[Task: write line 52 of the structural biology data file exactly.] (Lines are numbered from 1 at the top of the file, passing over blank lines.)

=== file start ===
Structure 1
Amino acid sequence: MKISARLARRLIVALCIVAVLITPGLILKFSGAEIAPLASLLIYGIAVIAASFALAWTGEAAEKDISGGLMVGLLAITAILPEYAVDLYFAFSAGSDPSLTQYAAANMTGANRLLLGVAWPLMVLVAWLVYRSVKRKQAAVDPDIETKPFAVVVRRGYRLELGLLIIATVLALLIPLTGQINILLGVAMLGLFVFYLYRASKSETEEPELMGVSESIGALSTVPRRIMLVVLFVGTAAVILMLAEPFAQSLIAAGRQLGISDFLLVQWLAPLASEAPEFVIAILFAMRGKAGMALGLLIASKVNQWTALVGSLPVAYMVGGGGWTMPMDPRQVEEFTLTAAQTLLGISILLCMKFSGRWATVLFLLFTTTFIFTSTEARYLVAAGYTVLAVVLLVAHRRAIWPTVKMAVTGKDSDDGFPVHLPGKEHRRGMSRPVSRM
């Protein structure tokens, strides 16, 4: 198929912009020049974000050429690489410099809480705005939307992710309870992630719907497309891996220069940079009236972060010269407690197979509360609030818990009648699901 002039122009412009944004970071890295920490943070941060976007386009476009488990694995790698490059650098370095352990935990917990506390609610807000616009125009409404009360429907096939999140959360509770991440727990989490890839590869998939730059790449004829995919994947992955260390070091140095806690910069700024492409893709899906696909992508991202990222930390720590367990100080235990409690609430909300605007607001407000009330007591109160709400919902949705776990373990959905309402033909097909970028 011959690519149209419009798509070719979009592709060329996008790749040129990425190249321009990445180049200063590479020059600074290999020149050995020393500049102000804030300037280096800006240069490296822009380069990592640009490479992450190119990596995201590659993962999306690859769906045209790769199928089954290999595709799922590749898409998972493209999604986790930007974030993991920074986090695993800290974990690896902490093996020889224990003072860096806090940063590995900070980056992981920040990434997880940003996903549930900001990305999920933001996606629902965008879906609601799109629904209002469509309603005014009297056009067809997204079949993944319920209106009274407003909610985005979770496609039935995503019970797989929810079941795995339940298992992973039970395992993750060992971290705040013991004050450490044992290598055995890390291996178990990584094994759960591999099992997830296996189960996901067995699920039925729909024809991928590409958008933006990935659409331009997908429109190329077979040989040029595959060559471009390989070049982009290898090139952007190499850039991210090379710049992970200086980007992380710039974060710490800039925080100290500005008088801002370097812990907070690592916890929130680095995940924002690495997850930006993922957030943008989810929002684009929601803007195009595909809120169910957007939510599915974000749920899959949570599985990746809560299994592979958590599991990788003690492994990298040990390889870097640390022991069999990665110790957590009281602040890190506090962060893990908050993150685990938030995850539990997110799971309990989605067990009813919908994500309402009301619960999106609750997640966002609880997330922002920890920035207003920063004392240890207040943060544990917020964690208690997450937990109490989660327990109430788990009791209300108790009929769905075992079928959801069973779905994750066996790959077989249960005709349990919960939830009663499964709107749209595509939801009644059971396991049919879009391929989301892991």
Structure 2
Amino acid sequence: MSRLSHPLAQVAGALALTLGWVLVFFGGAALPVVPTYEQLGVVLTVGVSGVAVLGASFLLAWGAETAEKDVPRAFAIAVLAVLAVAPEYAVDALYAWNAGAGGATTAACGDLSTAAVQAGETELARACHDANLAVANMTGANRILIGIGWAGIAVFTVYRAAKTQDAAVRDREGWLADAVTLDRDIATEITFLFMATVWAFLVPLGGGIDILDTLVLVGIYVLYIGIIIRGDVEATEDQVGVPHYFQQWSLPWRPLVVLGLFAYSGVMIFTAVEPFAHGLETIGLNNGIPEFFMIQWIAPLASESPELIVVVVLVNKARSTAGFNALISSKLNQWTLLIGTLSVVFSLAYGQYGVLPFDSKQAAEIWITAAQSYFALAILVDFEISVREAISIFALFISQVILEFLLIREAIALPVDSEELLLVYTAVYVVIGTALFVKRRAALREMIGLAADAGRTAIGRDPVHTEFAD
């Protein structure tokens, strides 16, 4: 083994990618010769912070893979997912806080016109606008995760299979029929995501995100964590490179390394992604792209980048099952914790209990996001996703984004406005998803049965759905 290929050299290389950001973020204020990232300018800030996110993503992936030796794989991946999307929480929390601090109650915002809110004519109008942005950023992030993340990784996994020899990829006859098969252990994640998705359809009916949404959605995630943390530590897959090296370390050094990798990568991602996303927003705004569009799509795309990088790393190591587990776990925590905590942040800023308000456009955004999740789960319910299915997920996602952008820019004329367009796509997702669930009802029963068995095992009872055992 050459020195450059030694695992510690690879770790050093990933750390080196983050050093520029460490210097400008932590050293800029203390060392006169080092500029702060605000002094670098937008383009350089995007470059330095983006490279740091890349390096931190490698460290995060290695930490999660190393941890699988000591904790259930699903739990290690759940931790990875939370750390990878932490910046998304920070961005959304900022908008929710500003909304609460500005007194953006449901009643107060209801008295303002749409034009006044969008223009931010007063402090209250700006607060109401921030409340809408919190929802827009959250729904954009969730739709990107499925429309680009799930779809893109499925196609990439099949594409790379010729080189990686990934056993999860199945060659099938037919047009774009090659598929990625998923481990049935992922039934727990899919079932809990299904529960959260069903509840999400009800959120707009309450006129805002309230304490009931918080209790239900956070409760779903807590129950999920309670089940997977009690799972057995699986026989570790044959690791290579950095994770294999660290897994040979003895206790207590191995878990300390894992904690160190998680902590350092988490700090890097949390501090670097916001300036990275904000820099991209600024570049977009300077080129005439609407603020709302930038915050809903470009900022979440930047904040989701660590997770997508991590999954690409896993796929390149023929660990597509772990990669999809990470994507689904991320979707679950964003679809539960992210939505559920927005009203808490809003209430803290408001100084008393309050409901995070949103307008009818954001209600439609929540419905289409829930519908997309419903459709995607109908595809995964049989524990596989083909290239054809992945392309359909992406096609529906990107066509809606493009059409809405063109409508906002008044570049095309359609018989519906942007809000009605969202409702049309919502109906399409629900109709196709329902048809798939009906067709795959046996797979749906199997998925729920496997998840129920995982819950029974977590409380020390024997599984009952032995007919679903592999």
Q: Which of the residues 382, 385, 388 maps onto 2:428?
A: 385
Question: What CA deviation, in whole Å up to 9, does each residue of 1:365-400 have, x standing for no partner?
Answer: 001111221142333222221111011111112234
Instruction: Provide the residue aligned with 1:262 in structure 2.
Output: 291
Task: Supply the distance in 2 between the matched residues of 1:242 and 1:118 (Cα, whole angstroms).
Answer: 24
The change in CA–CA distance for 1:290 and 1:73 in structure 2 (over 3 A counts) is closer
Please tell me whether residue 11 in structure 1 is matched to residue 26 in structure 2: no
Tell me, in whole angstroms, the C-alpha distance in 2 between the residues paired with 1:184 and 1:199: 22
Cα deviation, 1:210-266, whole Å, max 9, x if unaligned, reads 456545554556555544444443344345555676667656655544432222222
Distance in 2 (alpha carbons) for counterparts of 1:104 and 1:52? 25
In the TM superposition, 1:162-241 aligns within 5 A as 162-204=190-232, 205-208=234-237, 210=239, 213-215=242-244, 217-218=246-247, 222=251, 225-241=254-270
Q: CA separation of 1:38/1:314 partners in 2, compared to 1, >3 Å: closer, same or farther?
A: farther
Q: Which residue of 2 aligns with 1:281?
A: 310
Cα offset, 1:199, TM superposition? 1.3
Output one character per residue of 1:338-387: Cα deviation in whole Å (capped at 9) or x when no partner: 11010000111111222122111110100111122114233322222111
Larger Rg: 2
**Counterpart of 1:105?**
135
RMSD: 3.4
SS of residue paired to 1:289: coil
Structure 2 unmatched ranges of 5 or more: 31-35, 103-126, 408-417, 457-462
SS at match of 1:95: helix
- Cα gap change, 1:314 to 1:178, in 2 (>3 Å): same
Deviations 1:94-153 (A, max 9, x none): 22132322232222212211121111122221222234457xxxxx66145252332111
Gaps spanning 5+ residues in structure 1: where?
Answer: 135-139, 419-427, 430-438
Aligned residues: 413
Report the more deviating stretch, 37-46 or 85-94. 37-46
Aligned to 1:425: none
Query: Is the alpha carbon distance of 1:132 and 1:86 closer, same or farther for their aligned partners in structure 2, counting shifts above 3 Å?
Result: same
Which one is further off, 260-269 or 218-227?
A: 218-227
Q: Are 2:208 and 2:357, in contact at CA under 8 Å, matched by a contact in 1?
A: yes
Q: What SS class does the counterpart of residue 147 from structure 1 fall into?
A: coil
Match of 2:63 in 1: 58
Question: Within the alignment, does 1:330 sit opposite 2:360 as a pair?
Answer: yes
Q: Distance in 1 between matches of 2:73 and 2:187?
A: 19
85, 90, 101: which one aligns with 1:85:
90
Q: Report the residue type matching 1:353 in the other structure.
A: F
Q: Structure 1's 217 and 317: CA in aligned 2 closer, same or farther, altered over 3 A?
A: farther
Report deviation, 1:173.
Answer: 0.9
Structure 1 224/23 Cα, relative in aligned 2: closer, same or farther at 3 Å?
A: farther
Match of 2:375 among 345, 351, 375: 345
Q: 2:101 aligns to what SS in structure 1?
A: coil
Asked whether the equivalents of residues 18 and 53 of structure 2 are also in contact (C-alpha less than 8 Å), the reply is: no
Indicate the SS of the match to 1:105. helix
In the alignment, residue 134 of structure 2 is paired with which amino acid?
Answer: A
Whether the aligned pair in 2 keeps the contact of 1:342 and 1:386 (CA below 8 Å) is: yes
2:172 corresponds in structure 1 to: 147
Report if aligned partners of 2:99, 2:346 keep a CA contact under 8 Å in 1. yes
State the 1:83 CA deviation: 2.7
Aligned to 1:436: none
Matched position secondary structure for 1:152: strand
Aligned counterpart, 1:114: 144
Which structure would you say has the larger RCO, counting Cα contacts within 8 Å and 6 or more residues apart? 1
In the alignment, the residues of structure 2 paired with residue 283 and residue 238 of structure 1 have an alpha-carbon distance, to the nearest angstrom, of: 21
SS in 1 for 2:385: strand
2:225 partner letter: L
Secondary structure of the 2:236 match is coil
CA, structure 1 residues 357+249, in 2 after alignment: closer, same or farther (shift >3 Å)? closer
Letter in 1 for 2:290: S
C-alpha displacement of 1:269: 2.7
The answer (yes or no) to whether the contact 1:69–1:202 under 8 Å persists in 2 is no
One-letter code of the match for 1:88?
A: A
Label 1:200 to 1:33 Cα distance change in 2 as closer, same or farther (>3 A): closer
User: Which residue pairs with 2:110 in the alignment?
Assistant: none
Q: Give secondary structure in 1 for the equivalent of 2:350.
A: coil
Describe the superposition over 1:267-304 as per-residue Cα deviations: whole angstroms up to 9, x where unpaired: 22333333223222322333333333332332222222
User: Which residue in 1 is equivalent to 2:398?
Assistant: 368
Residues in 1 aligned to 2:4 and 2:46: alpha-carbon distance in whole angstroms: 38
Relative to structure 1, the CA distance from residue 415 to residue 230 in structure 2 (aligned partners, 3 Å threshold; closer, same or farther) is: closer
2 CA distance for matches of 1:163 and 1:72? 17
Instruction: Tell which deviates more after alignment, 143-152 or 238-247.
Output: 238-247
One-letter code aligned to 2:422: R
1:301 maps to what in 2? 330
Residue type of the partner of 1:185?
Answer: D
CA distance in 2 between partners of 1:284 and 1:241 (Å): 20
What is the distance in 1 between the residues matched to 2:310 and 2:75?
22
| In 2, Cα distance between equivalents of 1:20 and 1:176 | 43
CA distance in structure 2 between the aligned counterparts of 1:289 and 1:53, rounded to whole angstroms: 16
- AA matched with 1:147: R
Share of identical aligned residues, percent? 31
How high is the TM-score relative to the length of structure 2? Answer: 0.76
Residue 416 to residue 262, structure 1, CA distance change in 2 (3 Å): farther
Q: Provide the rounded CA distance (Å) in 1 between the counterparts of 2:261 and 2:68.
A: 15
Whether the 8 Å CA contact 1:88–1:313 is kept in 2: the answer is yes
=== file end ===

Q: Distance in 1 between matches of 2:73 and 2:187?